Not only is it a social obligation to build relationships with your customers, from an economic stand point it is highly beneficial to foster positive community relationships to ensure ongoing support, markets and consumer appreciation of value in products and financial resilience in the Australian agricultural sector. All good businesses are built on solid relationships and secure and profitable channels to markets to drive on farm profitability.

I look forward to introducing you to the inaugural Picture You in Agriculture scholarship winner

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#youthinag taking financial literacy support program FARMECCO to the market place

Young Farming Champions Geoff Birchnell and Felicity Taylor are very excited so see FARMECCO, the software program program that they have been working on with rural entrepreneur and visionary James Walker  reach the market place

The program aims to help Australia’s 70,000 beef producers improve their business skills and take control of their beef enterprises and finances.

‘I have been involved in some of the platform testing . It’s a great feeling to be involved with something that will shape farm management as well as seeing the hard work behind how it came together. 

Farmecco is user-friendly, forward-looking and encourages farmers to innovate financially. I see several useful applications for my own business, both presently and as I plan for the future. I’m so fortunate that products like this will be available to farmers of my generation for the lives of our businesses.  said Felicity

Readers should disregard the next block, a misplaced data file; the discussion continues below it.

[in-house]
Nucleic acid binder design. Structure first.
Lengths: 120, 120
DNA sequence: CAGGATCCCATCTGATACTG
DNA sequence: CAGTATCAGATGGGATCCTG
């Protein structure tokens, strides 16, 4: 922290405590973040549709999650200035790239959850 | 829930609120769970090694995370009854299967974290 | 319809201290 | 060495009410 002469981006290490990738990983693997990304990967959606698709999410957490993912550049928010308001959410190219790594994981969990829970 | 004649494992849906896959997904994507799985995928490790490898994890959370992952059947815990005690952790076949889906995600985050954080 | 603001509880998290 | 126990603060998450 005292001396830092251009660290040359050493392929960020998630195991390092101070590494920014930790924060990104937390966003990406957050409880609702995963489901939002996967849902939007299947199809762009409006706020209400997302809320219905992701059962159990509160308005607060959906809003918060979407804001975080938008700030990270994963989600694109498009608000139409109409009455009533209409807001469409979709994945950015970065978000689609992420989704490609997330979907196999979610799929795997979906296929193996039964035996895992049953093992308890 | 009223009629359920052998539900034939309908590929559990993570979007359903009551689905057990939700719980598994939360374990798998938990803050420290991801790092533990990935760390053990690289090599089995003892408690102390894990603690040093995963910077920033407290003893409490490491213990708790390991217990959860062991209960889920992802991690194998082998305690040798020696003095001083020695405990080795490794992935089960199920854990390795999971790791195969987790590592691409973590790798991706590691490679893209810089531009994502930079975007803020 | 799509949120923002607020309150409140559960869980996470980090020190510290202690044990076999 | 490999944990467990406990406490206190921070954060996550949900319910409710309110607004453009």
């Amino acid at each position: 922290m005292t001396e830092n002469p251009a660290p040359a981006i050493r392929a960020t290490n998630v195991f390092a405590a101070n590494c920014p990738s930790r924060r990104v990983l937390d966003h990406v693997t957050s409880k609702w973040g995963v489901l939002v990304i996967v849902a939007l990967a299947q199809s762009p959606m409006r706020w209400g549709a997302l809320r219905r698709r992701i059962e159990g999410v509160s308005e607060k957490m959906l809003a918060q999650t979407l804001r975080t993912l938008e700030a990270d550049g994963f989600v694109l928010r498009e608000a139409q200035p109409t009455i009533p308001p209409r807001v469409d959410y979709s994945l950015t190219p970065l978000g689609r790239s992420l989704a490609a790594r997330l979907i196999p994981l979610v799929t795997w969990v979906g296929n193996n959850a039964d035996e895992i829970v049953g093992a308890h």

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Felicity Taylor Beef Producer and FARMECCO Reviewer

The program is based on the concept of producing a level of meaningful insight into a user’s business that will directly drive improved performance. Users can typically input all elements of their business within 30-40 minutes and the program will then prepare a 12 month forecast for the business. This forecast is rich in information and provides a level of insight and analysis that is not commonly practiced in small-medium business. The results of this insight and analysis facilities more meaningful engagement of internal & external stakeholders of the business. When everyone intricately understands the business strategic plans and better decisions are readily made.

Some of the features of the program include;

  • Instant 30-40 page report containing a detailed overview of the business and personal aspects of the user;
  • Increased user awareness of business performance including cashflow requirements, livestock production, sales revenue, business equity and household wealth;
  • Increased financial literacy for users including benchmarking business performance against regional and national peers;
  • Live valuing of livestock based on daily market data;
  • Unrivalled simplicity of data entry to calculate key financial metrics;
  • Ability to run scenarios of change in business structure – particularly beneficial for young farmers with expansion aspirations or older farmers looking to succeed their business to family;
  • 12 month forecasting of business cash flow;
  • Detailed information inc Cashflow Budgets, Asset/Liability Summary, Livestock on Hand Schedules etc are instantly generated for financial focussed external stakeholders;

According to Geoff Birchnell who accountancy background was instrumental in fine-tuning the  program over 80 users have reviewed FARMECCO and they have been overwhelmingly positive. 

To start with a vision and work to see this materialise is immensely fulfilling. When you then see your effort generating real benefits to beef producers it is beyond satisfying. In agriculture, challenges are all too common, but I truly believe beating these challenges and achieving dreams is now within reach. 

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Beef Producer and accountancy guru Geoff Birchnell 

The program is being launched via a webinar on Wednesday March 10th 2017. You can registered for the webinar here

Want to know more check out  this Beef Central wrap up